2235:13 33M: "OK, I'm getting nervous about my gas." 2235:14 ATC: "Three-Three-Mike, roger. Turn left heading 230. We'll shorten it up for you a little bit." 2241:17 ATC: "November-Three-Three-Mike, ah, if you have time, give me, ah, the souls on board the aircraft and any fuel you have remaining in time." 2241:26 33M: "Ah, one soul, and the fuel I've got is about, ah, 15...20 minutes." 2242:33 ATC: "Three-Three-Mike, due to your emergency situation, I'll turn your final to join at the marker."
At 2248 the ATC satellite coordinator (SAT) called FTY tower on the land line with, "Three-Three-Mike looks like he's a little left of the final."
2248:44 FTY: "He's correcting." 2248:51 33M: "Tower, what's my distance off the field now?" 2249:36 FTY: "Baron Three-Three-Mike, show you half-mile final." 2250:01 33M: "Tower, I'm...I haven't got it and I'm disoriented. Can you give me another pass here?" 2250:42 FTY: "Baron Three-Three-Mike, roger. Climb and maintain 3,000, left heading 320." 2250:47 33M: "I haven't got the gas for that! Can you give me another go-around?" 2252:32 FTY to SAT: "Three-Three-Mike does not have the gas to go back around...he's circling on short final." 2252:40 SAT to FTY: "Okay, we can give him a surveillance approach if you put him right back on us, 132.55...we'll turn him short final, give him a surveillance approach." 2253:09 ATC: "November-Three-Three-Mike, you're radar contact, maintain 3,000." 2253:13 33M: "I don't know how far I'm going to get without any gas here."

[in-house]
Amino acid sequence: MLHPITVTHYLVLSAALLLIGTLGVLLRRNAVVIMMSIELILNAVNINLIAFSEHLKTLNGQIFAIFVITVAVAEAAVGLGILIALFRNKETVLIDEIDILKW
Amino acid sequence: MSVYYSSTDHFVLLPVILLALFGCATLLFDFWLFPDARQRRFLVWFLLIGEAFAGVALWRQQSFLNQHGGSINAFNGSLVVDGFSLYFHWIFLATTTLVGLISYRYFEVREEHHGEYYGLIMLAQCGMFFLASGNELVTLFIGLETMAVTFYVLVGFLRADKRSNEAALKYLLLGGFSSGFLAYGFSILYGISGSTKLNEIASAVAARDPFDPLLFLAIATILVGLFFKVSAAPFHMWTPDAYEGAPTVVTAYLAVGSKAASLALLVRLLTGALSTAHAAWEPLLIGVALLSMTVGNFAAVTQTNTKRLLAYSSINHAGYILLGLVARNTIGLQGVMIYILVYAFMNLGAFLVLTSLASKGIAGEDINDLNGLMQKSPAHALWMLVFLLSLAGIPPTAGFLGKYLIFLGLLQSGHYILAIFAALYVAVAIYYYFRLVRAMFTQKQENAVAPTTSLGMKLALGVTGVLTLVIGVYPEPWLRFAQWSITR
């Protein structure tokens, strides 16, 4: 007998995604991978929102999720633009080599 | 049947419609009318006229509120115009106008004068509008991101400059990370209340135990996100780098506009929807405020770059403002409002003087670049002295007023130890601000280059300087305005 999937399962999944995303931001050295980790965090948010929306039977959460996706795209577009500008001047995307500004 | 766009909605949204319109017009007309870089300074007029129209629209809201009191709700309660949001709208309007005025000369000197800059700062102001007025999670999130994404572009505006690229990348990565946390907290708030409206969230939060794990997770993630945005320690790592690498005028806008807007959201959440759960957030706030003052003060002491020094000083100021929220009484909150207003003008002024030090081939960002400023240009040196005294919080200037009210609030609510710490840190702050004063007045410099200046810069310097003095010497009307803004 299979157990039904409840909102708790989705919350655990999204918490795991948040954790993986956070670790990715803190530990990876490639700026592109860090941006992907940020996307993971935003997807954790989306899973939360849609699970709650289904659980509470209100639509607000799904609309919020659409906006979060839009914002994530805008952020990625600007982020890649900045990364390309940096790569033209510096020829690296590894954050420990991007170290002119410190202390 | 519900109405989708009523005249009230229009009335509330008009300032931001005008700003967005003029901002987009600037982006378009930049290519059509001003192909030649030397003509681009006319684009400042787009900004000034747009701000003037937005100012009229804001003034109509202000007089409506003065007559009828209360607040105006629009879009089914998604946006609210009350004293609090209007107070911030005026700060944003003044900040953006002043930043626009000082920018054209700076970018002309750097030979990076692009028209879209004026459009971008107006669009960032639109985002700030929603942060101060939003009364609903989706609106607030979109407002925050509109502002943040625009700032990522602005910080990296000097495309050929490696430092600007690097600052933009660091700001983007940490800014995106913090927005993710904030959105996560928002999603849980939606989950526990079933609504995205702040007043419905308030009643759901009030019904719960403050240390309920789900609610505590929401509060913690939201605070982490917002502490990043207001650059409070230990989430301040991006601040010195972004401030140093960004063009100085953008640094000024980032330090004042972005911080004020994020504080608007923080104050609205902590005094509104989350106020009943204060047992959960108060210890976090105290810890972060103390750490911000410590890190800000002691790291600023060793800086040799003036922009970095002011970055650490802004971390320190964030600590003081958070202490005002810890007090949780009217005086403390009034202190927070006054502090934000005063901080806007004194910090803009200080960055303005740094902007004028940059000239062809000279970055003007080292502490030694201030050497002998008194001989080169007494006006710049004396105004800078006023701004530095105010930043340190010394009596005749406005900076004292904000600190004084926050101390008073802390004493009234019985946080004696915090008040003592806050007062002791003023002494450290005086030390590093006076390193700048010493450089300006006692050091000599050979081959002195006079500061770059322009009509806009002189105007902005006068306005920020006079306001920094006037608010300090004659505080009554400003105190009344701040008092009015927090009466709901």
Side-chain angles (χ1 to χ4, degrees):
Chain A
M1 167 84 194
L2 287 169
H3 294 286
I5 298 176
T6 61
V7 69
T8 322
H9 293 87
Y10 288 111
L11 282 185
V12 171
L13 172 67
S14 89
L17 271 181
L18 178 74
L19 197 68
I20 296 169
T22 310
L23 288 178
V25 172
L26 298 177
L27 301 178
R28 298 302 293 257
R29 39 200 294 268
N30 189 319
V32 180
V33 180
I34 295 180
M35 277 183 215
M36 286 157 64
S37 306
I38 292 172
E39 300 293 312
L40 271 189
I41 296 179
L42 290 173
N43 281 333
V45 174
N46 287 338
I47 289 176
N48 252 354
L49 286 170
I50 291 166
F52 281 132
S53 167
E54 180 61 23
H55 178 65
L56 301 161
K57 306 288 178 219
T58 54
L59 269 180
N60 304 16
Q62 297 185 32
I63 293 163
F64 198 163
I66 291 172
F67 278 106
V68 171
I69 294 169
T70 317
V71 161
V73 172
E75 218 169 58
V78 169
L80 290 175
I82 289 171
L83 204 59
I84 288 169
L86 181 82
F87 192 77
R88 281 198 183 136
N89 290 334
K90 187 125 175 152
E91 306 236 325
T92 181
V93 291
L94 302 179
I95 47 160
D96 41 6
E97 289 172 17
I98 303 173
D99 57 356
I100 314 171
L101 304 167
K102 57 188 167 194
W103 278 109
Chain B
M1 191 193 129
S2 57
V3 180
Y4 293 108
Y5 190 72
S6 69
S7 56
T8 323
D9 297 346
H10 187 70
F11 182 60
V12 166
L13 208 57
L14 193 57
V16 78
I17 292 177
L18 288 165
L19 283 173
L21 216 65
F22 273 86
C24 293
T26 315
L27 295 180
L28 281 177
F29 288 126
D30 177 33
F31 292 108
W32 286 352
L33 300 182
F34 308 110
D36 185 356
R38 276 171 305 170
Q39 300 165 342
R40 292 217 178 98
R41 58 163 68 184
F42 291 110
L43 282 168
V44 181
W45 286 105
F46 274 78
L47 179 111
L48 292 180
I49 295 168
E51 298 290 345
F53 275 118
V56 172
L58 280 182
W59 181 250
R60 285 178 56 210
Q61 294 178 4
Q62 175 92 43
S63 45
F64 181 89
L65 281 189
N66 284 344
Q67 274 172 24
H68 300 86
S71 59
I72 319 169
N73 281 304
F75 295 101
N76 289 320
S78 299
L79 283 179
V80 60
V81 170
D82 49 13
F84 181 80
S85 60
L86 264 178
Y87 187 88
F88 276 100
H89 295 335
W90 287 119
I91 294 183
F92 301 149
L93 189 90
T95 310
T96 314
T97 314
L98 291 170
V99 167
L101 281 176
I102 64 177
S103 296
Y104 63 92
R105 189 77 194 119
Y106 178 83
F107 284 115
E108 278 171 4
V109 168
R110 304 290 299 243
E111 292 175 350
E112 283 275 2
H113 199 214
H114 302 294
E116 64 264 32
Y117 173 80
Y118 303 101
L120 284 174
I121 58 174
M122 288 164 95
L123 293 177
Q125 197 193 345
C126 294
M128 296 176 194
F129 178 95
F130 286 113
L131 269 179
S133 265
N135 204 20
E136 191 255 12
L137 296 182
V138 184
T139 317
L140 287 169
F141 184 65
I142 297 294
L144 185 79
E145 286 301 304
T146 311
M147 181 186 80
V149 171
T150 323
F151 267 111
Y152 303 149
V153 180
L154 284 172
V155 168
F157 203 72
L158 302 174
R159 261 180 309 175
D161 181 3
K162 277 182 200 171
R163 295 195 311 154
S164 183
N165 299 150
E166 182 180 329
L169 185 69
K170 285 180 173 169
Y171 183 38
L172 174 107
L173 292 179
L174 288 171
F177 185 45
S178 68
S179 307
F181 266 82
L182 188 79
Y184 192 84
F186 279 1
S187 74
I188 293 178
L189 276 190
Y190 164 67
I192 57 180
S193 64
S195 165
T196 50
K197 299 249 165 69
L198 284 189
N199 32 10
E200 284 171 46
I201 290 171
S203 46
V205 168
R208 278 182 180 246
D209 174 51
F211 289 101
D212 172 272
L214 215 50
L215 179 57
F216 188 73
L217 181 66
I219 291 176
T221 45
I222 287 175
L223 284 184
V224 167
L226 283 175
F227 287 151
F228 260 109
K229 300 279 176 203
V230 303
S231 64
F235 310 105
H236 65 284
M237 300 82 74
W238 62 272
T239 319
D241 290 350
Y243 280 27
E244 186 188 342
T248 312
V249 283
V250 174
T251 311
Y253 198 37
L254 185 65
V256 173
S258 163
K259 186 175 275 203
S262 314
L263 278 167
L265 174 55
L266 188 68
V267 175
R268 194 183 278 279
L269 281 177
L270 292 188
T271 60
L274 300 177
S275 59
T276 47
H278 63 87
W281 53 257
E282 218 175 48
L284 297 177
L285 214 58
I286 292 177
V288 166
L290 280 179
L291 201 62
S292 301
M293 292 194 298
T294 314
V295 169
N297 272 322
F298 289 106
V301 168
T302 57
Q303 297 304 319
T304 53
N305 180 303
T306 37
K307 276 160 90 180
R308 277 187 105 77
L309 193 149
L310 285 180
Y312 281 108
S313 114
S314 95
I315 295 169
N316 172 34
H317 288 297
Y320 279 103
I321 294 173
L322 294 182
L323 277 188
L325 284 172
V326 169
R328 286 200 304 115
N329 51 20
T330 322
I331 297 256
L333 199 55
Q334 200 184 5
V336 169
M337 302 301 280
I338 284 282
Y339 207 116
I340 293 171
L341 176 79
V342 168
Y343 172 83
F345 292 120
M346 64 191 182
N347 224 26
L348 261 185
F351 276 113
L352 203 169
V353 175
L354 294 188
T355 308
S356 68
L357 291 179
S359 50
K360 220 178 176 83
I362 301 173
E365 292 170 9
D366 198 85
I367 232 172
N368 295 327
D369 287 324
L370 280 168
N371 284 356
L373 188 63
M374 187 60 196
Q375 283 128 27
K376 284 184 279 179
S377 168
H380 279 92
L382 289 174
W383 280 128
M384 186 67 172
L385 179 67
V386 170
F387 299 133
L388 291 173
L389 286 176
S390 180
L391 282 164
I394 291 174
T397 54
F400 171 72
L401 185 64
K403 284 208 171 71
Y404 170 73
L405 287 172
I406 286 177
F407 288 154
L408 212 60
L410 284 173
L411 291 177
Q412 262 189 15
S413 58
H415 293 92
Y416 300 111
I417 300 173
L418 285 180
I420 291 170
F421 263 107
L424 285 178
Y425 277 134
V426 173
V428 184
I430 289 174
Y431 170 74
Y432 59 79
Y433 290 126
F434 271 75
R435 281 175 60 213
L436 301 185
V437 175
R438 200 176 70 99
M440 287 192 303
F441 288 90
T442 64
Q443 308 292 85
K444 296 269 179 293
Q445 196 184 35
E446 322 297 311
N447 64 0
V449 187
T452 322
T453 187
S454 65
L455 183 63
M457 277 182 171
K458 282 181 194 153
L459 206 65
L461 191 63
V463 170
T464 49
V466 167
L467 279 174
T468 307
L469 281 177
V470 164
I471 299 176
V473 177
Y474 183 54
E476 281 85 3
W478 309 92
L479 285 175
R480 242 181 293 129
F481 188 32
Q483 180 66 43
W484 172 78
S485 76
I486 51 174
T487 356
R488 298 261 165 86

For the next three minutes ATC provided vectors for an ASR approach.
2257:21 ATC: "Three-Three-Mike, turn left heading zero eight zero. Start your descent, two miles from the airport." 2257:36 33M: "Zero eight zero. Lost my...I lost my left engine."
ATC provided vectors which brought the Baron right over the airport, but the pilot was unable to land. On the missed approach the decision was made to try again for Runway 8.
2302:33 33M: "I just lost an engine (unintelligible). Let me try zero eight zero." 2302:37 ATC: "What heading are you going through right now?" 2302:51 ATC: "Three-Three-Mike, what is your heading right now?" 2303:03 ATC: "Three-Three-Mike, radar contact lost."
Atlanta Approach tried several more times to contact the Baron, without success. The wreckage was located 1.5 miles west of the airport. The pilot did not survive. Several other aircraft landed at FTY both before and after the accident, with pilot reports of ceiling and visibility close to minimums.